Driving down from Kanab in Utah we could see the Kaibab plateau directly ahead to the south and were anxious to get in some good exploring, especially since our attempt at getting permits to hike The Wave in Arizona's Vermillion Cliffs area had been rebuffed (a sad story for another time). As we drove across the beautiful, forested plateau we stopped in at the Kaibab National Forest Visitor Center in the Jacob Lake area. At this excellent little building (with some good exhibits) we picked up trail advice, and also saw a plush Kaibab Squirrel. I had been aware that these squirrels were endemic to this area but didn't really know their size or coloration. I had also heard they were somewhat elusive, so we left thinking it would be cool to see one - but not necessarily expecting it.

Per our usual routine we found our campsite, clipped the permit, dropped off a couple of camp chairs to establish ownership, and then headed out to see what we could see. We drove straight to the North Rim Lodge at the tip of the Kaibab Plateau and immediately hit the Bright Angel Point trail. This is  a North Rim must-see. It's an easy, paved path. But there is some climbing, so it may catch unawares those not used to exertion at over eight thousand feet. We were immediately struck by how the amazing canyon rim all around is a vibrant mix of reds, oranges and greenery, the latter seemingly more so than at the South Rim. This observation held true for the entire three days of hiking, including our spectacularly scenic trip down part of the sandy north section of the Kaibab Trail: a famous path that over its full length crosses from rim to rim over twenty-some miles. We only hiked down as far as Supai Tunnel - blasted through solid rock by park service crews - because we planned to drive out to Cape Royal later on. But even that mere two miles down left us with a nearly fifteen hundred foot climb back up to the parking lot, as well as some sore feet.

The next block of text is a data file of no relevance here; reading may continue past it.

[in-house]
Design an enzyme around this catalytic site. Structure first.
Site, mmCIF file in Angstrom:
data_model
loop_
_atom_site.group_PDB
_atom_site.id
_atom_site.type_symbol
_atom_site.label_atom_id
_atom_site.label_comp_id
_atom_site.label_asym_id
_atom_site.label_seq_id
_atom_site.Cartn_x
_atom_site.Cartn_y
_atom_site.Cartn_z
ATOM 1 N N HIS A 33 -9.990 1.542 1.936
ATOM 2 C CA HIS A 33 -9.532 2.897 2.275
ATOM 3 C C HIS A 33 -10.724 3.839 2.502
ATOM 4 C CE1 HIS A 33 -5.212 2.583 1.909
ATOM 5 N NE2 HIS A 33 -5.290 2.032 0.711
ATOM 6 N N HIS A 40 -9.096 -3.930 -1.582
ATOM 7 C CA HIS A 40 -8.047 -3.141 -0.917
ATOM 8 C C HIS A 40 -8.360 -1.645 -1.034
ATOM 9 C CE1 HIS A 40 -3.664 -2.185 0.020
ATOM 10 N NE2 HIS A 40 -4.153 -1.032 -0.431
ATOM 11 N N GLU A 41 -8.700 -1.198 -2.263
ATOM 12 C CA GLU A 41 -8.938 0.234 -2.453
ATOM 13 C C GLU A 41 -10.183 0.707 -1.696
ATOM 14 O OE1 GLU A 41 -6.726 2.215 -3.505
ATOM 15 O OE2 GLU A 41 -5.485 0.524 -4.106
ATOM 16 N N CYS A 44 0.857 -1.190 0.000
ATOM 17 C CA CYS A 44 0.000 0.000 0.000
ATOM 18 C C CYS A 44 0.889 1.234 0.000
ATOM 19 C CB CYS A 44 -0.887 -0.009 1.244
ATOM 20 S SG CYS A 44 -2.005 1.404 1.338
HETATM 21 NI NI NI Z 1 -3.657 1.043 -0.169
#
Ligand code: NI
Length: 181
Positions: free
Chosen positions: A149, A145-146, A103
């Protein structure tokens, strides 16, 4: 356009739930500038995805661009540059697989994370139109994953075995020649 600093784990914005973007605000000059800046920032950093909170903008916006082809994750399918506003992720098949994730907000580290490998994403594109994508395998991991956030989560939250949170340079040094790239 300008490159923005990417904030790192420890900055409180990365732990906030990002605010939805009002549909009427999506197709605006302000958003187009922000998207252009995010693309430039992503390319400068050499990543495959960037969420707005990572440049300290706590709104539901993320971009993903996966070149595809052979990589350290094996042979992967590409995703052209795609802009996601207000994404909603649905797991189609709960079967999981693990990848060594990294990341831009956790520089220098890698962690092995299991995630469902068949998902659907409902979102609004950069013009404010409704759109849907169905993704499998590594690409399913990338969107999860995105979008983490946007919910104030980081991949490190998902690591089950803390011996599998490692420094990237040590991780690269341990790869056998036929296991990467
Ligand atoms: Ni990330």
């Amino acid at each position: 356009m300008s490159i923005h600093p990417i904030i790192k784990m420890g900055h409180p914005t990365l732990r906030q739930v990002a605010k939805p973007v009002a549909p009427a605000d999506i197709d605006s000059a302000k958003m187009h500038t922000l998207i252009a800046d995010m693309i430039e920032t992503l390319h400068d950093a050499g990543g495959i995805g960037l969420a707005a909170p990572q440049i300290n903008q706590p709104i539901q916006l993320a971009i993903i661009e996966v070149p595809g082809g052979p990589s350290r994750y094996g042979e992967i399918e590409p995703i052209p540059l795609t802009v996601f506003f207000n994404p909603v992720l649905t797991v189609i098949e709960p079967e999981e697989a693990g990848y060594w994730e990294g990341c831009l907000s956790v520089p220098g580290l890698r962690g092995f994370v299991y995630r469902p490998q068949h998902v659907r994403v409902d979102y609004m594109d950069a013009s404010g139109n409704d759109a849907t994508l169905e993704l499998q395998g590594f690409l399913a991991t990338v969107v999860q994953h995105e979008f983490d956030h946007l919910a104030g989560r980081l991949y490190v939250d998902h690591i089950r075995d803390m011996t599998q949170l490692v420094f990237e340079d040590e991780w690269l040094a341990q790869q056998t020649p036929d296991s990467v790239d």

We stopped at lots of interesting spots and viewpoints on the way out to Cape Royal, too many to mention here, and would recommend them all. Bring a picnic lunch and spend the afternoon checking out the sites on the Walhalla Plateau. The next day, looking for a more immersive experience, we hiked the ten mile out-and-back trail to Widforrs Point. This trek hugs the rim of Transept Canyon (a side canyon just west of the lodge area), and offers some incredible canyon-view hiking. It also includes a beautiful interlude where the trail winds down into a forested swale that runs between ridges which converge at the point. It didn't hurt that we were there during an excellent wildflower bloom.

On our last day we took a shorter hike (just over three miles) from the campground to the lodge, and then back along Transept Canyon again. In the middle we stopped and spent a last few minutes at the stately lodge - a beautiful and accommodating spot with wonderful terraces sporting big wooden chairs. We lingered around the shops and overlooks for a few more minutes before heading back. In the end I was thrilled to reconsider my initial impression of the Grand Canyon, and very motivated to give the South Rim another chance.

Oh, and we saw several Kaibab Squirrels too. They really are pretty darn cute.


Info: Bright Angel Point: Distance - 1 mile, Elevation range - 100', Rating - Easy

Supai Tunnel (N. Kaibab Trail): Distance - 4.1 miles, Elevation range - 1429', Rating - Moderate-Difficult

Widforrs Trail: Distance - 10.1 miles, Elevation range - 343', Rating - Moderate-Difficult

(For all of this trip's guides, see our Grand Canyon National Park page) 

More photos:

  • 01 Grand Staircase
  • 02 Kaibab forest
  • 03 Flowers
  • 04 Bright Angel Pt view
  • 05 View from lodge balcony room
  • 06 Double rainbow at Bright Angel Pt
  • 07 Kaibab Trail
  • 08 Coconino Overlook
  • 09 Transept Canyon
  • 10 Cape Royal view
  • 11 Butterfly
  • 12 Angels Window
  • 13 Canyon view
  • 14 Short horned lizard
  • 15 Widforrs Trail
  • 16 Widforrs Pt view
Even more photos: Kaibab NF/Bright Angel, N. Kaibab Trail/Cape Royal, Widforrs Trail



All photos and video by Laura or Bob Camp unless otherwise indicated. Use without permission is not cool.